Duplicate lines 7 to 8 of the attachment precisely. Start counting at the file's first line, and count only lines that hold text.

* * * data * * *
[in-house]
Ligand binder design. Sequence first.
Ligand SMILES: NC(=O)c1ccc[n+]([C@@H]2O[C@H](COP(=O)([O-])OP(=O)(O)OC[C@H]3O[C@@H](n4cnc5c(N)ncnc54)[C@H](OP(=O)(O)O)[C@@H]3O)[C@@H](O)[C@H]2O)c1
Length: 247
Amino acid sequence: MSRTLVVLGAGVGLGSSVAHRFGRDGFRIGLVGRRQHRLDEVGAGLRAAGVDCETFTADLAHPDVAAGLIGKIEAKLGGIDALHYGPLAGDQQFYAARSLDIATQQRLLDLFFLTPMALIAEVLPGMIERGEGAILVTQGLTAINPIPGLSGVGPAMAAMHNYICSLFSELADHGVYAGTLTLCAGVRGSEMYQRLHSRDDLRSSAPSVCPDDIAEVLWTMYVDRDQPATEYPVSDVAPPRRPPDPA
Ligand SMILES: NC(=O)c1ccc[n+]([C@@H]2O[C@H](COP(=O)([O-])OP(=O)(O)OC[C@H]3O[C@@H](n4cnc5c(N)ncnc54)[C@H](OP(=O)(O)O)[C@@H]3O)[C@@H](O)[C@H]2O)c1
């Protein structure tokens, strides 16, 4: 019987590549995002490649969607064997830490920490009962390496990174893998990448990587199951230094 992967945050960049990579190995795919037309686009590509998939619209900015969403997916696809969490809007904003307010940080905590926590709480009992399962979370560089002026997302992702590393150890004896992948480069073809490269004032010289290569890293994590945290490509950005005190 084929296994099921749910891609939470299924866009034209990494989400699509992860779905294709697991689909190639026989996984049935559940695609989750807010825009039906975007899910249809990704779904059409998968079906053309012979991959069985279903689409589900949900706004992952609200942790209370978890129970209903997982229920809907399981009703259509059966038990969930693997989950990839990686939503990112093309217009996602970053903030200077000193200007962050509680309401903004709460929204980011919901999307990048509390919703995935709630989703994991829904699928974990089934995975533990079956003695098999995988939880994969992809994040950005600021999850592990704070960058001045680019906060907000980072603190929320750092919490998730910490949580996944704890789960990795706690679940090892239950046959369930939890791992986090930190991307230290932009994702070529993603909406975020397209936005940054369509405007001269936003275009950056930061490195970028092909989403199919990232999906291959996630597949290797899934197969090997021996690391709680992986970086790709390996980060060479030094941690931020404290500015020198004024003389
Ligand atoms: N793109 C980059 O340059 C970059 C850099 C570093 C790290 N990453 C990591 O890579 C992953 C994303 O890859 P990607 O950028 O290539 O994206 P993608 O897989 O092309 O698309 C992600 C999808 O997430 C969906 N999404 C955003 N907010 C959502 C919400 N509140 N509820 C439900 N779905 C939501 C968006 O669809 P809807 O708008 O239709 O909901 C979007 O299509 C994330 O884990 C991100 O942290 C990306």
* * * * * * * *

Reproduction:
């Protein structure tokens, strides 16, 4: 019987590549995002490649969607064997830490920490009962390496990174893998990448990587199951230094 992967945050960049990579190995795919037309686009590509998939619209900015969403997916696809969490809007904003307010940080905590926590709480009992399962979370560089002026997302992702590393150890004896992948480069073809490269004032010289290569890293994590945290490509950005005190 084929296994099921749910891609939470299924866009034209990494989400699509992860779905294709697991689909190639026989996984049935559940695609989750807010825009039906975007899910249809990704779904059409998968079906053309012979991959069985279903689409589900949900706004992952609200942790209370978890129970209903997982229920809907399981009703259509059966038990969930693997989950990839990686939503990112093309217009996602970053903030200077000193200007962050509680309401903004709460929204980011919901999307990048509390919703995935709630989703994991829904699928974990089934995975533990079956003695098999995988939880994969992809994040950005600021999850592990704070960058001045680019906060907000980072603190929320750092919490998730910490949580996944704890789960990795706690679940090892239950046959369930939890791992986090930190991307230290932009994702070529993603909406975020397209936005940054369509405007001269936003275009950056930061490195970028092909989403199919990232999906291959996630597949290797899934197969090997021996690391709680992986970086790709390996980060060479030094941690931020404290500015020198004024003389
Ligand atoms: N793109 C980059 O340059 C970059 C850099 C570093 C790290 N990453 C990591 O890579 C992953 C994303 O890859 P990607 O950028 O290539 O994206 P993608 O897989 O092309 O698309 C992600 C999808 O997430 C969906 N999404 C955003 N907010 C959502 C919400 N509140 N509820 C439900 N779905 C939501 C968006 O669809 P809807 O708008 O239709 O909901 C979007 O299509 C994330 O884990 C991100 O942290 C990306």